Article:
Jean-Charles de Castelbajac called his collection Fire on Ice, and invoked Iceland as the magical land of volcanoes that spawned Björk. It resulted in something enchanted and tribal, with a sometimes heavy-handed avian motif that the designer juiced up with primary comic-book colors.

There was evidence of the upgraded sensibility de Castelbajac professed last season, particularly in fifties couture standards. He opened the show with an elegant boxy sheath top recast in yellow neoprene and graphically printed with arcs of eagle wings. A black silk kimono cocktail coat was printed on the back with an erupting volcano, and a little wool skirtsuit had an ombré effect that approximated falling ash.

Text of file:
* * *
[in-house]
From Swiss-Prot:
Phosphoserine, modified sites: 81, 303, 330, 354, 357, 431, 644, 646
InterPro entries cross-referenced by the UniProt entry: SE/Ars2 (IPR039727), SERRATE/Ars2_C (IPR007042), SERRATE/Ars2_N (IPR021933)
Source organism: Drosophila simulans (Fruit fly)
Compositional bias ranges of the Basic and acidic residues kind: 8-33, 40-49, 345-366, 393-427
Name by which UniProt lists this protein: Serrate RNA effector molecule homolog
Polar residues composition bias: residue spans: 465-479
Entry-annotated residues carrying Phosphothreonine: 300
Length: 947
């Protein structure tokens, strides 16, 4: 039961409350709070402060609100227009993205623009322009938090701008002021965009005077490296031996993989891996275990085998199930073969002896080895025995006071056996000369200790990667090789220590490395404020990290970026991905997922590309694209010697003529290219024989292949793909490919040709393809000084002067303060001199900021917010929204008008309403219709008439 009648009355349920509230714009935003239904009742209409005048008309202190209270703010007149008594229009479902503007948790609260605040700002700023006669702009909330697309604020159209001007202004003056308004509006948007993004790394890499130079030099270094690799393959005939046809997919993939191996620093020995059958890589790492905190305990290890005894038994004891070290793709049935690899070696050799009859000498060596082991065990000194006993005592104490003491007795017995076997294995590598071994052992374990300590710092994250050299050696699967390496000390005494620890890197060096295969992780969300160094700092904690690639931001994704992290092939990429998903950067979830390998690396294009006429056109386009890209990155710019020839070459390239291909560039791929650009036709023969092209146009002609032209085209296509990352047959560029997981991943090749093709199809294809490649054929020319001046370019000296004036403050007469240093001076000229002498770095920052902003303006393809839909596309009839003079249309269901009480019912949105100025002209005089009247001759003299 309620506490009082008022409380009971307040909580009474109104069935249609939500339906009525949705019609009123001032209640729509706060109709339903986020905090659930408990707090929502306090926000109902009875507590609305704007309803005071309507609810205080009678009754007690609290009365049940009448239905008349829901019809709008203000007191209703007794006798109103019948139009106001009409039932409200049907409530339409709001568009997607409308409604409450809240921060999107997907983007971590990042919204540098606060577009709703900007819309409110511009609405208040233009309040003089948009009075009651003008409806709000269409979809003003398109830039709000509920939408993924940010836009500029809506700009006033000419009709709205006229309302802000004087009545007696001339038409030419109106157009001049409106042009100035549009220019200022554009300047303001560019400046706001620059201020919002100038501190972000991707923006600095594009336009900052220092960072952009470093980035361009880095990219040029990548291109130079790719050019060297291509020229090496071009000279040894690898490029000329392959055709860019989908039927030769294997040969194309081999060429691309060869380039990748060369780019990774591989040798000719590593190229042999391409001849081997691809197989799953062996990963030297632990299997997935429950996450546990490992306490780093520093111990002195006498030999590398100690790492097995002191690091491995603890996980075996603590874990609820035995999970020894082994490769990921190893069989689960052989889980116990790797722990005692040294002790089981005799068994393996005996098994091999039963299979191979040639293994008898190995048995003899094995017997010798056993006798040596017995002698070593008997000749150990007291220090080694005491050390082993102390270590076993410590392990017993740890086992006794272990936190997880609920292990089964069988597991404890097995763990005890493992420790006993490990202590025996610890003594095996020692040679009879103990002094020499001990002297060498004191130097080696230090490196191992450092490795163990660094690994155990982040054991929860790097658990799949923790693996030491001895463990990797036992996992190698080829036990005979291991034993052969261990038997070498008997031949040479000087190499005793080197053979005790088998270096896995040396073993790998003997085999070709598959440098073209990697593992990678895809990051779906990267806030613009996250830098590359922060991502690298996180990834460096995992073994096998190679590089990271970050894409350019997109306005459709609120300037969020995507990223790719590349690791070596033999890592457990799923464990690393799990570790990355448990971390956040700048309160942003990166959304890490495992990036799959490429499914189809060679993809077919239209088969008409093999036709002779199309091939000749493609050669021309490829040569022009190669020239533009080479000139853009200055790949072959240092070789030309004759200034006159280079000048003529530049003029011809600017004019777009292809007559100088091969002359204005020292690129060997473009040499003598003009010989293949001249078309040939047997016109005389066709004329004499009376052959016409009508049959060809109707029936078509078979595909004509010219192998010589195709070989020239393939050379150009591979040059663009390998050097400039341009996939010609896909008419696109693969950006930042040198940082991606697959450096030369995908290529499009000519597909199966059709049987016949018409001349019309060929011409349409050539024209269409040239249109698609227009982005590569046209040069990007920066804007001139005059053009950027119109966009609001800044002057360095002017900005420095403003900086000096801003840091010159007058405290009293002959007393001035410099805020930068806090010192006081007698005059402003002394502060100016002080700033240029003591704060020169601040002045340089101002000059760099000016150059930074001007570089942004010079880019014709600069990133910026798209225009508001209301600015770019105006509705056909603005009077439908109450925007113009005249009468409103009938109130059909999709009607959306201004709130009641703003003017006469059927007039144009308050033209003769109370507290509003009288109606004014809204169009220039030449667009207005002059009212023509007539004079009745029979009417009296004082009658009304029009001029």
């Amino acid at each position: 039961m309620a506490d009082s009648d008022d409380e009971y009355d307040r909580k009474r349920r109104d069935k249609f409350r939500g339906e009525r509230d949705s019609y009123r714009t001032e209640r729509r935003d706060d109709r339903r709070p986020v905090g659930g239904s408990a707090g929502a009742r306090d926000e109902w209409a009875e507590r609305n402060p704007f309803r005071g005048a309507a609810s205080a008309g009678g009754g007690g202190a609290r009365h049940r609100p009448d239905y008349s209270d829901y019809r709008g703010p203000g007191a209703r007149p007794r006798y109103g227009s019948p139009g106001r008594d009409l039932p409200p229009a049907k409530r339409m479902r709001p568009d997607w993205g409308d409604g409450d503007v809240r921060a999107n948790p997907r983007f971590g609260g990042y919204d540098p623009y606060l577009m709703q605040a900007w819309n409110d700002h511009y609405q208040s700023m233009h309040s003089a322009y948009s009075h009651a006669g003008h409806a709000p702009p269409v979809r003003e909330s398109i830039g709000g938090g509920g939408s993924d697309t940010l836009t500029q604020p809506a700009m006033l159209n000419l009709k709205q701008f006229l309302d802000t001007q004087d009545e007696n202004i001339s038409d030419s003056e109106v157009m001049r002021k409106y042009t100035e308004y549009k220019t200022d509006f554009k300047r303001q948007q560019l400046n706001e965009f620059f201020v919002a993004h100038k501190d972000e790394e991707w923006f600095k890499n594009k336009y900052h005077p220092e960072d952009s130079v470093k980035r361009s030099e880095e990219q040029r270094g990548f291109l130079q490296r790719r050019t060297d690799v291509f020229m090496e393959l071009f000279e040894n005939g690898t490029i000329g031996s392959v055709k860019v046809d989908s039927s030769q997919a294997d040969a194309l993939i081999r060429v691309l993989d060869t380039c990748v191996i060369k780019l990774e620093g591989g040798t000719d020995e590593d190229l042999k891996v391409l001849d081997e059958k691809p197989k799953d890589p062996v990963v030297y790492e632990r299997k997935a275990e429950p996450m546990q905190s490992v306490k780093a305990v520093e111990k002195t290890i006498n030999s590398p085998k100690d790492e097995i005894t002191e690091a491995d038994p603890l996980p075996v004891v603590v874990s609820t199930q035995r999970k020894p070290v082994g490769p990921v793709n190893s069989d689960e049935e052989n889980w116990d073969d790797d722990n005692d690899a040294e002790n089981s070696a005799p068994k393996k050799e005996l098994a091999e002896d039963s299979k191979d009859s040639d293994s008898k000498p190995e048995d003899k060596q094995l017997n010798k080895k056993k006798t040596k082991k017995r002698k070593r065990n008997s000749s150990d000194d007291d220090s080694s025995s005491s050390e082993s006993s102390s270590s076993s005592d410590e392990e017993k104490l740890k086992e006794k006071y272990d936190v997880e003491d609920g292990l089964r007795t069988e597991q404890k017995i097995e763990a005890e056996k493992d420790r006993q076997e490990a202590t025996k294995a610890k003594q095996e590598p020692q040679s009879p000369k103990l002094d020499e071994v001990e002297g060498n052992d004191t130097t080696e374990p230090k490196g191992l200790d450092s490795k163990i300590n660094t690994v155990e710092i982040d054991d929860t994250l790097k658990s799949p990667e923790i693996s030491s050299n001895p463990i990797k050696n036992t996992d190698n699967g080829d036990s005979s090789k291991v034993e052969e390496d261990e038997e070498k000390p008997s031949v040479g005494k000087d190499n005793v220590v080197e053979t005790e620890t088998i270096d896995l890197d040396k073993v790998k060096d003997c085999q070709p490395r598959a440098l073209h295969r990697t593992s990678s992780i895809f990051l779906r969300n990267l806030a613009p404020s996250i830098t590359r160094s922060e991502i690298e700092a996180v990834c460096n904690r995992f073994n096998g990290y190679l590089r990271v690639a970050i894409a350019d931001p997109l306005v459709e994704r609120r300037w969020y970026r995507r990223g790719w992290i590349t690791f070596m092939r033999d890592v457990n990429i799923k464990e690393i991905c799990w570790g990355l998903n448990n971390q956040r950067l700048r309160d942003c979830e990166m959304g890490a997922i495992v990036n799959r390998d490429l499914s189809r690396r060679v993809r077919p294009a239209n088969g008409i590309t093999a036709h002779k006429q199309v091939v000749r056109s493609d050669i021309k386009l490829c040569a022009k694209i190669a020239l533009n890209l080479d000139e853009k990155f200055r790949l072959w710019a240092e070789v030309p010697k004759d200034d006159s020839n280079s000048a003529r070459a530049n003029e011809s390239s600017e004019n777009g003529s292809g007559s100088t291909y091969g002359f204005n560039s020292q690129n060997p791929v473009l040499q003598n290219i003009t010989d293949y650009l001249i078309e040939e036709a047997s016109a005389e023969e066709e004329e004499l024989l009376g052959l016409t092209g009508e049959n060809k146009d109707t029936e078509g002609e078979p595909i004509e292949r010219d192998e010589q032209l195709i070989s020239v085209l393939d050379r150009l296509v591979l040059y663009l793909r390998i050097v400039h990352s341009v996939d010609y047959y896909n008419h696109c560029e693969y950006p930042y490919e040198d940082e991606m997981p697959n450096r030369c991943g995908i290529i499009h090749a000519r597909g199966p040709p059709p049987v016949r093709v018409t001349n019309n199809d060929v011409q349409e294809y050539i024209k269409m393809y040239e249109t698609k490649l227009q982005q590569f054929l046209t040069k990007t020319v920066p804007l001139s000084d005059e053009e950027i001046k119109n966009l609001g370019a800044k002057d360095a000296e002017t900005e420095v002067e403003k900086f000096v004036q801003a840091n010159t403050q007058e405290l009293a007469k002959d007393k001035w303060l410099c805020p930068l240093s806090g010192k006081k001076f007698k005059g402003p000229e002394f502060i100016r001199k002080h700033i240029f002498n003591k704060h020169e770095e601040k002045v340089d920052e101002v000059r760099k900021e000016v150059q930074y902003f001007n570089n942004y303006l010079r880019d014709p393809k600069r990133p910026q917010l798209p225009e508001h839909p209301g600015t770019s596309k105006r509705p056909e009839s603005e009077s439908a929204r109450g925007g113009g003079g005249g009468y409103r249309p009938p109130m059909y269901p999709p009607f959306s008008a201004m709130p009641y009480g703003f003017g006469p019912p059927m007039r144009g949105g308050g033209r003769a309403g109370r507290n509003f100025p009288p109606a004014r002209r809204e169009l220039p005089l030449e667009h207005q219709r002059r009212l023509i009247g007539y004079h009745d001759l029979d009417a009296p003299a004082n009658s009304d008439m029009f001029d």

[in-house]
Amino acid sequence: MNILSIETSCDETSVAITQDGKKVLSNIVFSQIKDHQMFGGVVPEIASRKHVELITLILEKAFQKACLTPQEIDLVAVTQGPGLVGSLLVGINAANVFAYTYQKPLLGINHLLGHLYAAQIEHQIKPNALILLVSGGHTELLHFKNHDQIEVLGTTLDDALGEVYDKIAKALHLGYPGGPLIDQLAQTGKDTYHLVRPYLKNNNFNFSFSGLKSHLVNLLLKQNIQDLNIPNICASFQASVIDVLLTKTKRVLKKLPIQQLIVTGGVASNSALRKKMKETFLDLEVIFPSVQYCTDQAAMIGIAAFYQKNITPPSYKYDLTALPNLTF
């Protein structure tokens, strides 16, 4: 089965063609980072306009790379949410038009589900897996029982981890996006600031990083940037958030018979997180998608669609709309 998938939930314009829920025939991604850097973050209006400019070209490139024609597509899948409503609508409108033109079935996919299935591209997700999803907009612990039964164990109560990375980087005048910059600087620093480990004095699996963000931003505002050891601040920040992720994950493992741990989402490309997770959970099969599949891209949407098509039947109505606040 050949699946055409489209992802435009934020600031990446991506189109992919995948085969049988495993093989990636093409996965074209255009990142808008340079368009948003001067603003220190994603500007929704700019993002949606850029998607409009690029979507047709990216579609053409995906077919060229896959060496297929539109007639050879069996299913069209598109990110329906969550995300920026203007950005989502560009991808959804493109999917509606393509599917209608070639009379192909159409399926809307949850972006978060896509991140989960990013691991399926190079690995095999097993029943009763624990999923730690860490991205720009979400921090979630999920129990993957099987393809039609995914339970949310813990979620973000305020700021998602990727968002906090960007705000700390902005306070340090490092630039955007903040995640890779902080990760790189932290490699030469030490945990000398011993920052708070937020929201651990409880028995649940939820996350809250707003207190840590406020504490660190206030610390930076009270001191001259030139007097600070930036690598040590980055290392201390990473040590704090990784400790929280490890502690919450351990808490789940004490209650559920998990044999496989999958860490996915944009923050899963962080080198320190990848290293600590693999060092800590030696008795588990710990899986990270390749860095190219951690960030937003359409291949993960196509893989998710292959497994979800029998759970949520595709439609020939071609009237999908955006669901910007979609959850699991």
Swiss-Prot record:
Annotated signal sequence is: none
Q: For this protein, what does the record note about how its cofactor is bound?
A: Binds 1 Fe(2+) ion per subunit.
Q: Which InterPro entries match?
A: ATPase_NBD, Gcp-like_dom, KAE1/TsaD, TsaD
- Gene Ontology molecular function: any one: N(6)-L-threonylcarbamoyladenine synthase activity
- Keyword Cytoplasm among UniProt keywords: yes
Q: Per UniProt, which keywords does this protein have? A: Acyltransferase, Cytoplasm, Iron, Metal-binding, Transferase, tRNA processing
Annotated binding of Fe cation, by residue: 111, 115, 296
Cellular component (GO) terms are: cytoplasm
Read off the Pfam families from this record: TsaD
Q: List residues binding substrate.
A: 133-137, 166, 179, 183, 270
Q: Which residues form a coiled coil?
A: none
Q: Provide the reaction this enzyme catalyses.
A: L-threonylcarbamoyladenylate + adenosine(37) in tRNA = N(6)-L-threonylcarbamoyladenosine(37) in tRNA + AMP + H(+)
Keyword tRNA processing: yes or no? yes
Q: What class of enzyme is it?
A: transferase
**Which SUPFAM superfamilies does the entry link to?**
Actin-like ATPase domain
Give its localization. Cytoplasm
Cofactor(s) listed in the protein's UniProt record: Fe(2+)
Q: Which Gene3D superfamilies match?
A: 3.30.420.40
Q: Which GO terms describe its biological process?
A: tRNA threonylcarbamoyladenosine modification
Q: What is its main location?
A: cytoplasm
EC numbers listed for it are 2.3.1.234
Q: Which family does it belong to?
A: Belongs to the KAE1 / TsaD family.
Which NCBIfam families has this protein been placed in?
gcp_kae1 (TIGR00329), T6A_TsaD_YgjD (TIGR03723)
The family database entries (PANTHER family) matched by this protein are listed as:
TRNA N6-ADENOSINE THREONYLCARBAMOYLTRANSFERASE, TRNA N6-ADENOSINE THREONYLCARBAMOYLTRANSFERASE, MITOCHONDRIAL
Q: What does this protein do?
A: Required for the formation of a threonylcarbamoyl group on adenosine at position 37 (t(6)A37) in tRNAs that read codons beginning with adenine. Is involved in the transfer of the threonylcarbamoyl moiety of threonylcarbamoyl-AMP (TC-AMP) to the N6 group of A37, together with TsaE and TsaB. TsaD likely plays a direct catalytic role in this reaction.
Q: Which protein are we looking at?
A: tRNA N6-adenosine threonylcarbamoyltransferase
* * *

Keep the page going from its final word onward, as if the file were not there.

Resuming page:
The merger of de Castelbajac's good behavior and his more antic side is still in its early stages, so it's understandable that it isn't always smooth. You're just not sure what to do with something like a perfectly fine charcoal tweed suit that has a cartoon eagle head on each shoulder. Other things made more sense: A rain slicker covered in massive patch pockets would be a staple for a JCDC acolyte, and you could envision a head-obscuring dress appliquéd with volcanic flame in a Lady Gaga video. A high point of the middle ground: an elongated wing-print varsity jacket—a cute spin on the new fashion staple.

De Castelbajac is a showman, which made the live performance of an entire song by the orchestral folk act Woodkid before a single model exited OK. But 56 looks pushed the boundaries of patience. A zippier edit might have added some fairy dust to de Castelbajac's magic.